A court is a wonderful institution - bigger by far than the judges, masters and other officers who make it up. Those who live by the rule of law do not fruitlessly contest the curious procedures of appointment that we follow in Australia, with their emphatic element of democratic selection. Bob Hope, who had every professional expectation of succeeding to the office of President of the Court of Appeal, was a marvellous colleague and teacher for me. I honour his memory. He became a true friend. I sat, watched and listened to him, Laurence Street, Harold Glass, Gordon Samuels and Dennis Mahoney, great judges, give ex tempore judgments. I tried to copy their skills. In time, with experience and confidence, it became easier: as it does for all of us.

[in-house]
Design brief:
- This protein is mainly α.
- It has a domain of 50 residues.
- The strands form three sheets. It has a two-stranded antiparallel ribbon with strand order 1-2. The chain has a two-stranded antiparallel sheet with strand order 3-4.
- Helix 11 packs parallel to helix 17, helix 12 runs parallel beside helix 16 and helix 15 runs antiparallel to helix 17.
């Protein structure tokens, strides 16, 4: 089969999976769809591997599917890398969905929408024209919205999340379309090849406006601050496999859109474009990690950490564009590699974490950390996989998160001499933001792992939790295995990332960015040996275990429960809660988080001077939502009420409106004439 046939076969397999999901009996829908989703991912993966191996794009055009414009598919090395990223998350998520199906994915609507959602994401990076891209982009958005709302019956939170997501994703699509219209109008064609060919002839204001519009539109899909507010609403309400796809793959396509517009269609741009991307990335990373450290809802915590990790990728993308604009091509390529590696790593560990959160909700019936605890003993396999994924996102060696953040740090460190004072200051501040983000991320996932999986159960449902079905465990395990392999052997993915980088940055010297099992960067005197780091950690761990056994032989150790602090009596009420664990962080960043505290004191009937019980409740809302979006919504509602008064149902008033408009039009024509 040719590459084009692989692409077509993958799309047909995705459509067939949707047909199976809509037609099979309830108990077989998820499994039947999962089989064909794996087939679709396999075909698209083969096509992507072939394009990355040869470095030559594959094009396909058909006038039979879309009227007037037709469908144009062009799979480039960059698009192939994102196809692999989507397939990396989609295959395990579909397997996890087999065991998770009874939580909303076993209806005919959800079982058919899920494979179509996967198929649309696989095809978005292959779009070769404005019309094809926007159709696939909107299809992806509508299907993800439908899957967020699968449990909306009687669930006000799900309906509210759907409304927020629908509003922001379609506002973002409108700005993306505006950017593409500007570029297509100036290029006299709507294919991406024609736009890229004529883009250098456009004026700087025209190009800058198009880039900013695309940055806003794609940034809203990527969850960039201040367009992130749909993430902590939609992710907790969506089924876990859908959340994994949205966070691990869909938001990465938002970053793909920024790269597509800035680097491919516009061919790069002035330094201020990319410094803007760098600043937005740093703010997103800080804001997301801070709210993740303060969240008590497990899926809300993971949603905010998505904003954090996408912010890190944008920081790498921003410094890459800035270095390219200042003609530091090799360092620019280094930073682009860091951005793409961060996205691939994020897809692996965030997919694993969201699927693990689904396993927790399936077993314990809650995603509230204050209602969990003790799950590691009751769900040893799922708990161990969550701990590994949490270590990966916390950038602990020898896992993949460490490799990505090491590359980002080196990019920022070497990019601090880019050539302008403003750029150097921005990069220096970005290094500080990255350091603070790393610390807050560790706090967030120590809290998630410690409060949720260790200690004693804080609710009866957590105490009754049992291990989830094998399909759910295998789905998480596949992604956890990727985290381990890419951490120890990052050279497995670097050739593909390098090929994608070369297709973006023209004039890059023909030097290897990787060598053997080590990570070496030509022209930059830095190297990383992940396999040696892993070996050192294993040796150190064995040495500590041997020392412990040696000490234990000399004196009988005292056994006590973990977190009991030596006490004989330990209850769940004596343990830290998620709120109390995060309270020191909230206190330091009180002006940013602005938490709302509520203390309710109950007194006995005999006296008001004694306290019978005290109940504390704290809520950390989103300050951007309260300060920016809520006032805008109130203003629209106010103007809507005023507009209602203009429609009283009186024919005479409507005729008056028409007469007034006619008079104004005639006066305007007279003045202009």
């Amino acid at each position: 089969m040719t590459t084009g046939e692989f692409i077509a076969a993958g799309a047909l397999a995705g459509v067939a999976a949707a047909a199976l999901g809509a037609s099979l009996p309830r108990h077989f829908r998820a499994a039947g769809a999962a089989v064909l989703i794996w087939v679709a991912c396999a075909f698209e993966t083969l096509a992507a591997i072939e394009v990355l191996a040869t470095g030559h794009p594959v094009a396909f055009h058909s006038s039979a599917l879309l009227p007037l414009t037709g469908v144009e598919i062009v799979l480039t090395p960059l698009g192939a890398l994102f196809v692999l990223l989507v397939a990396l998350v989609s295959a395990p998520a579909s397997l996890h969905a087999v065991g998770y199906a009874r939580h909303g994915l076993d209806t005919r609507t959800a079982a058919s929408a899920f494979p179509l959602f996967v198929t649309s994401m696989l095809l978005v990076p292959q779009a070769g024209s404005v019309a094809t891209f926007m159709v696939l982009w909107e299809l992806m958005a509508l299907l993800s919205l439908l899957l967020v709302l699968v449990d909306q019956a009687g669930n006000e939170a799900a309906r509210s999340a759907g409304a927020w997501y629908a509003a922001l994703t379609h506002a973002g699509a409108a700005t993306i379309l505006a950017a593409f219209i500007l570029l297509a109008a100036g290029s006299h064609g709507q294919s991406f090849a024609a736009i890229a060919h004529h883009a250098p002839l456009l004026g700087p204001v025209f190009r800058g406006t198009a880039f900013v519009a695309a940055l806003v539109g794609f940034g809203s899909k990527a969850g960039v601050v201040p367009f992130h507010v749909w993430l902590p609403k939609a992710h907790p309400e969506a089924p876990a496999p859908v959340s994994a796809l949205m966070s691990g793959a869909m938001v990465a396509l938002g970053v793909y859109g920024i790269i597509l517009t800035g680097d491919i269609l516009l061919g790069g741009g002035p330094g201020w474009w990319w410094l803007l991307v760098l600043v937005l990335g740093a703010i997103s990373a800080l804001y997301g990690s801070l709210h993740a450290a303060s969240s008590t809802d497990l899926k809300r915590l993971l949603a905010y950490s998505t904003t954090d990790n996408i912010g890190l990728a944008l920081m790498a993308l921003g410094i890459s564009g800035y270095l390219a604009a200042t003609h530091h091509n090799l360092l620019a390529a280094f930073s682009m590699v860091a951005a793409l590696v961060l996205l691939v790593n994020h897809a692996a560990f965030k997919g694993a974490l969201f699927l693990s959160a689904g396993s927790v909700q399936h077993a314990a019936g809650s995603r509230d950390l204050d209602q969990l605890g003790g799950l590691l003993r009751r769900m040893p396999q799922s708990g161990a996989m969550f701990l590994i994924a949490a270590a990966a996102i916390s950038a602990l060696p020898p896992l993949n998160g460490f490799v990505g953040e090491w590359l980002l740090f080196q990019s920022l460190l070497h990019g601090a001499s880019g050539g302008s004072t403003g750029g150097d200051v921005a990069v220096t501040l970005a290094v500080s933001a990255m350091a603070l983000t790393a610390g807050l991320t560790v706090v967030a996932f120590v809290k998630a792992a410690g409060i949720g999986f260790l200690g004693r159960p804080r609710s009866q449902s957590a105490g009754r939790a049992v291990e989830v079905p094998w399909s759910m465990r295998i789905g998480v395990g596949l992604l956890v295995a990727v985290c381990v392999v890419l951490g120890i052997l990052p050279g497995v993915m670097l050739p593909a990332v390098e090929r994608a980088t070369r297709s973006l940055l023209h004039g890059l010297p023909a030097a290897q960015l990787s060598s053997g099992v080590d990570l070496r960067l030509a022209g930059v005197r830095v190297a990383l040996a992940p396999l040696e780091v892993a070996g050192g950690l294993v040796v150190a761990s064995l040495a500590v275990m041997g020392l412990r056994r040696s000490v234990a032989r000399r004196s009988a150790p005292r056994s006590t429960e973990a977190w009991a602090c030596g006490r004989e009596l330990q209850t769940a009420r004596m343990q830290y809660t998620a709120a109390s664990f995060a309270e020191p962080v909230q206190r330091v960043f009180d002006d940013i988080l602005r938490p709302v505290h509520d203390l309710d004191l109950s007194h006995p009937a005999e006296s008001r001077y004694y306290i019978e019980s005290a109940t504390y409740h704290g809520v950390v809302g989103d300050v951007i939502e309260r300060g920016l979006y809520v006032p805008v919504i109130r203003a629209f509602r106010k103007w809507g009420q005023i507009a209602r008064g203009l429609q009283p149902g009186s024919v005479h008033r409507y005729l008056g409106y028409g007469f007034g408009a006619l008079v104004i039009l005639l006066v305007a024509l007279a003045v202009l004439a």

I agree with something that Dyson Heydon said on his departure from the Court of Appeal. They were golden days when I arrived. I was very lucky to be appointed to this Court. When we were joined by Michael McHugh, R P Meagher QC was often heard to lament, on his way to court, that he was going to appear before "those three communists". Yet the strength of the Court of Appeal, as I found it, lay in the mixture of the judicial philosophies of its judges. I suppose one could put Hope, Priestley and myself, and occasionally McHugh, on the liberal side. Glass, Samuels and Mahoney were often conservative in matters of judicial technique. The mixture has continued. It exists throughout the Court, indeed every court. The diversity of judicial philosophies, combined with the differing professional and judicial experience, certainly created an appellate court that set the gold standard throughout the English-speaking world.